The third characteristic feature of popart is that it deals only with the reality of a world of common, everyday things and images. When the pop-artist paints a portrait or a landscape, what he paints is not "la nature vivante", but rather an already existing image - an advertisement, a newspaper photograph, a television image, a theatre playbill or a poster. Pop-art likes changing the scale, framing, simplifying, and "animating" the image. Nevertheless the pop-artist always remembers that the image he wants to copy is just a picture (or a set of dots on the screen), and always emphasizes the definition, pixels, lines and stains of printer's ink. Pop-art imitates figurative languages, but its self-perception is also that of a language - rather than of an authorial, individual speech and utterance. In the work of pop-art the author's voice should not be heard, and (ideally) his personality, soul and character cannot be revealed. This does not mean that pop-art is empty, cold and inhuman. Just the opposite, it can use banal, popular signs to build different images, varying in terms of their meaning and emotional charge, and relating stones of love, death, loneliness and glory. It is no surprise that pop-art is eager for liminal states of consciousness: it was born and "grew up" together with existentialism, as well as structuralism and semiotics.
Could pop-art appear in a Sov'et society in which there were no supermarkets, no publicity, nor any developed sphere of illustrated journals, comics and the like? The scarcity of everyday life of the Sov'et years was indeed not rich in such diverse v'sual information, but it was nevertheless available, as were "inferior" languages and semiotically rich everyday objects with the potential for metaphorization.
Railroad posters painted on tin plates, fire-drill stands, direction signs, sweet wrappers, packets of cigarettes with their mountain scenes - in the late 1960s and early 1970s all these samples of miserable typographic design suddenly invaded the "assemblage" pictures of Russian avant-garde artists. It is difficult to explain this twist toward object and sign through any direct influence of American art.
Apparently, in the mid-1960s Russian art experienced the same kind of crisis as the American avant-garde of the late 1950s, as art's necessity to structure and re-shape aesthetically the actual context of contemporary life was lost. Art became the practice of fixation of the artist's neuroses and personal phantasms. Such was the situation of abstract expressionism in the USA, with its refusal to find any connection between the artist's emotional experience and the outer world of "profit" and Hollywood-style mass culture. In the USSR, the same kind of autism and escapism, with the artist's flight to cultures of the past or atemporal metaphysical meditations, flowered in the work of non-conformist figures and was even reflected in the dream-like deserted landscapes of painters who represented the liberal wing in the Artists' Union.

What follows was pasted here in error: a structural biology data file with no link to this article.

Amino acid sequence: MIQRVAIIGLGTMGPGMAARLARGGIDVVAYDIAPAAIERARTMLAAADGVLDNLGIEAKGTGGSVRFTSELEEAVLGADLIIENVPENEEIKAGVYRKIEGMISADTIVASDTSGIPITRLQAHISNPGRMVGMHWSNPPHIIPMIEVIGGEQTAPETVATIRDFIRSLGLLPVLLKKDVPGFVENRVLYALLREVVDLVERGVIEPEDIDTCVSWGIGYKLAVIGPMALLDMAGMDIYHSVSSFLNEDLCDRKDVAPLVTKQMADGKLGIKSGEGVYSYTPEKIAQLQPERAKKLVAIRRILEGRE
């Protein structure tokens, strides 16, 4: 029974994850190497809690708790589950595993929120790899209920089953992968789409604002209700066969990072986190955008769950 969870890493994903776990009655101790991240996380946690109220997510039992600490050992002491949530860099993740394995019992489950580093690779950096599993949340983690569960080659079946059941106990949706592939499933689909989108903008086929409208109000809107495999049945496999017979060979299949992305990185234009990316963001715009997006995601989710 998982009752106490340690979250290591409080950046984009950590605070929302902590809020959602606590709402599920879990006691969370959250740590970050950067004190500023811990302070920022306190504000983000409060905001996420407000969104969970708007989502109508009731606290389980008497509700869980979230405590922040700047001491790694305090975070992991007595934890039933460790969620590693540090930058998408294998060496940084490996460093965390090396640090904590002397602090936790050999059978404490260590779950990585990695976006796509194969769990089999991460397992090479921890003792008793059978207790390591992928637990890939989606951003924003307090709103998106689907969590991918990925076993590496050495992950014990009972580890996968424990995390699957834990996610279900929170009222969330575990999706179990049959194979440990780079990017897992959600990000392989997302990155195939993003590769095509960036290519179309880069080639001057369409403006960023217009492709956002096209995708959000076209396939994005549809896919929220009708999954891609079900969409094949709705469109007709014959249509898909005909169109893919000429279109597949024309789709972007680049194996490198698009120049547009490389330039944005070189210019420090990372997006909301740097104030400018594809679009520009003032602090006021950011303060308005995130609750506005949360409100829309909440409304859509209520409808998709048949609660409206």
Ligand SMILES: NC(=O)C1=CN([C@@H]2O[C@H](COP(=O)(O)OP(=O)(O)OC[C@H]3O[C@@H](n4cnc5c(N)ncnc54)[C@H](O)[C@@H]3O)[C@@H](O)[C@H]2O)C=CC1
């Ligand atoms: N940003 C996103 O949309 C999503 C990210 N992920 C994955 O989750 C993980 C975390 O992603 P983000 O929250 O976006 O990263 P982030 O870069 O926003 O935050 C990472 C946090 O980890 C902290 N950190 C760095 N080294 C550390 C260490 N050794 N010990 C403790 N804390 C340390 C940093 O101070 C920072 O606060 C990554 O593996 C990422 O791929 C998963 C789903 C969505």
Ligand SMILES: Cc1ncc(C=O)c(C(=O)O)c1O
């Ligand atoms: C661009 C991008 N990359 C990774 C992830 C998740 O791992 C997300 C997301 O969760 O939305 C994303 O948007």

Despite the difference between the USSR and the USA their cultural situations were similar - the artists rejected modern society even more than that society rejected them. They literally hated the aesthetic aspects of the environment, despising and feeling ashamed of them, and therefore constructed their art on the principle of radical opposition. It should be pointed out that the feeling was not (or not only) one of political aversion to the regime, but rather aesthetic disgust at the conditions of life and forms of communication with their fellow countrymen. As a result, the avant-garde began to deteriorate, eventually degrading into a "drawing-room" mannerism characterised by self-contained narcissism. Only a few brave figures revolted against this degradation of art.